Nipah Virus is spreading rapidly, keep these things in mind while traveling

Nipah Virus is spreading rapidly, keep these things in mind while traveling

Nipah Virus Travel Tips: Nipah Virus has knocked in India and its patients are increasing rapidly in Kerala. This terrible disease had taken away the lives of many people all over the world. In such a situation, people have now started taking special care of their health. If you are planning to travel then it is important to keep many things in mind.

What is Nipah virus?

According to the Cleveland Clinic, Nipah virus is a deadly virus that spreads from animals to humans. This is the reason why it is also called zoonotic virus. It is spread primarily by fruit bats, also known as flying foxes. However, apart from bats, this virus can also spread through other animals like pigs, goats, horses, dogs or cats. This virus is usually spread through contact with the bodily fluids of an infected animal, such as blood, feces, urine, or saliva.

Travelers should take special care

If you are planning to travel in future. So one should avoid traveling to infected areas. If you still want to go there, then get yourself tested first. If you are traveling in or around the containment zone, then you should avoid coming in contact with any infected person. Keep washing hands regularly. Avoid coming in contact with animals. Avoid going to places where there are pigs or bats. Avoid drinking raw fruits, fruit juice, date juice etc. that have fallen on the ground.

How fast does Nipah virus spread?

If compared to Corona virus, Nipah virus is less infectious. Its infection rate is low but its mortality rate is higher than Corona and it is also more deadly. Talking about Bangladesh, Nipah virus is seen as a seasonal disease which often spreads between December and May.

What are the symptoms of Nipah virus?

Usually, symptoms start appearing within 4 to 14 days of coming in contact with this virus. Initially there are problems like fever or headache and later cough and difficulty in breathing. Initial symptoms of Nipah virus may include the following:-

  • Fever

  • Headache

  • difficulty breathing

  • cough and sore throat

  • Diarrhea

  • Vomit

  • muscle pain

  • extreme weakness

In severe cases, this virus can cause brain infection, which can prove fatal. In severe cases the following symptoms are seen-

  • Confusion

  • trouble speaking

  • seizures

  • fainting

  • respiratory problems

of Nipah virus diagnosis

Initial signs and symptoms of Nipah virus infection are nonspecific, and diagnosis is often not suspected at the time of presentation. This can hinder accurate diagnosis and create challenges in outbreak detection, effective and timely infection control measures, and outbreak response activities.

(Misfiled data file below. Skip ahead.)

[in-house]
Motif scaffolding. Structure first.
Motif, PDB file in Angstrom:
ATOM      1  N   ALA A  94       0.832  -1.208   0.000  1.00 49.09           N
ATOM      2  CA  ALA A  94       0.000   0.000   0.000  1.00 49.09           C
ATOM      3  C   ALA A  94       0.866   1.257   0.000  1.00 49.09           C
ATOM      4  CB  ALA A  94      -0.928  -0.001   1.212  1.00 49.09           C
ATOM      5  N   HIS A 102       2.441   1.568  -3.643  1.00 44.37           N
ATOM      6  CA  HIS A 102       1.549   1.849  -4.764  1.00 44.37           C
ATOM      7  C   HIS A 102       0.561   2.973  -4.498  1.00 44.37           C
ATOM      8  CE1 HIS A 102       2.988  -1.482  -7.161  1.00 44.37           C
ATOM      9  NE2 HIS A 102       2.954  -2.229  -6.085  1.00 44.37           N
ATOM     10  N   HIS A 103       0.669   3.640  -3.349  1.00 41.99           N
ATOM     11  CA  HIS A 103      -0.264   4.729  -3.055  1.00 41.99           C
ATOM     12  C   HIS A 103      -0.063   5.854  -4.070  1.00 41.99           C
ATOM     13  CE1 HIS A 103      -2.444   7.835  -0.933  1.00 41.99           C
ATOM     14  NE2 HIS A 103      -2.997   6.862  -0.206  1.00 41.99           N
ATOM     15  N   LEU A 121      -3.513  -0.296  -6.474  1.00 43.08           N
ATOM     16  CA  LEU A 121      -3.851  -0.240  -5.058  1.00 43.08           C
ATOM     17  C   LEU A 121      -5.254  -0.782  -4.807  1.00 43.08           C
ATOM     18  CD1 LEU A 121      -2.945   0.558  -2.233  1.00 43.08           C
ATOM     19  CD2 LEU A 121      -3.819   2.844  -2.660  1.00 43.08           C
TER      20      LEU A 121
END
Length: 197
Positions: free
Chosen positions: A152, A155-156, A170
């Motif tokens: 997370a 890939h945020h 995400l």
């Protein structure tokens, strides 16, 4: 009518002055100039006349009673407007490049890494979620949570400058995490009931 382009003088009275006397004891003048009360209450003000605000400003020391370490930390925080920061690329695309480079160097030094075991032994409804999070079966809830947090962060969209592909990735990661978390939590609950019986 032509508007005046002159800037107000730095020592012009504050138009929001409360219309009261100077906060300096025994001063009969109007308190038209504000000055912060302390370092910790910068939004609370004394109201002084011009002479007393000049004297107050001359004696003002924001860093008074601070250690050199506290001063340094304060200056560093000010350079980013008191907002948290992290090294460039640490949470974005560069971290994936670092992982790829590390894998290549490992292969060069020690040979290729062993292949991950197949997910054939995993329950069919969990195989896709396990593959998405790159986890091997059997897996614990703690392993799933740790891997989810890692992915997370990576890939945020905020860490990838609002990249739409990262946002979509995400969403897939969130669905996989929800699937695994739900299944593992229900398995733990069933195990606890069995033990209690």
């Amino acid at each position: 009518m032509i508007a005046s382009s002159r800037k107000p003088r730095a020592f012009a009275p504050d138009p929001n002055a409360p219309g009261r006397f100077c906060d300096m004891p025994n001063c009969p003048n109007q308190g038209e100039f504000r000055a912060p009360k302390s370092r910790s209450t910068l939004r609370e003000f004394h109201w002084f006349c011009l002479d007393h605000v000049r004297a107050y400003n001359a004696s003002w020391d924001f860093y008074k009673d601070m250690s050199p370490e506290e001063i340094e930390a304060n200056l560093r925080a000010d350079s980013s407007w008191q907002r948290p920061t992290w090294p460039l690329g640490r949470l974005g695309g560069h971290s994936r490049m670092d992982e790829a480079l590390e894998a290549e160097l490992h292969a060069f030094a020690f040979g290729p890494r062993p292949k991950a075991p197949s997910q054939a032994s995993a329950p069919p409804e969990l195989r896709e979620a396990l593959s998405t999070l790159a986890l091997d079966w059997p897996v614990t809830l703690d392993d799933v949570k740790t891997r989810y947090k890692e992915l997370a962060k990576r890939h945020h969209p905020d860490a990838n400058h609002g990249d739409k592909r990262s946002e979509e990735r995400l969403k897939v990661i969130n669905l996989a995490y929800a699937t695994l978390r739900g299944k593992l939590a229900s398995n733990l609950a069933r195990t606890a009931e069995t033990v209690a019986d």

In addition, the quality, quantity, type, timing of clinical specimen collection and the time required to transfer the specimens to the laboratory can affect the accuracy of laboratory results.

Nipah virus infection can be diagnosed from the clinical history during the acute and convalescent phase of the disease. The main tests used are the detection of antibodies from bodily fluids through real-time polymerase chain reaction (RT-PCR) and enzyme-linked immunosorbent assay (ELISA). Other tests used include polymerase chain reaction (PCR) assay, and virus isolation by cell culture.

Nipah virus treatment

There is currently no drug or vaccine specific for Nipah virus infection, although WHO has identified Nipah as a priority disease for the WHO Research and Development Blueprint. Intensive supportive care is recommended for the treatment of severe respiratory and neurological complications.

In the absence of a vaccine, the only way to reduce or prevent infection among people is to raise awareness about risk factors and educate people about measures they can take to reduce the risk of Nipah virus.

Public health educational messages should focus on:

Reducing the risk of transmission from bats to humans.

Efforts to prevent transmission should first focus on reducing bats’ access to date palm juice and other fresh food products. Keeping bats away from sap collection sites with protective covering (such as bamboo sap skirts) may be helpful. The juice of freshly collected dates should be boiled, and the fruits should be thoroughly washed and peeled before consumption. Fruits with bat bite marks should be removed.

Reducing the risk of animal-to-human transmission.

Gloves and other protective clothing should be worn when handling sick animals or their tissues, and during the slaughtering and butchering process. As far as possible, people should avoid coming in contact with infected pigs. In endemic areas, when setting up new pig farms, the presence of fruit bats in the area should be considered and, in general, pig feeders and pig sheds should be protected from bats when possible.

Reducing the risk of human-to-human transmission.

Unsafe physical contact with people infected with Nipah virus should be avoided. Hands should be washed regularly after caring for or meeting sick people.

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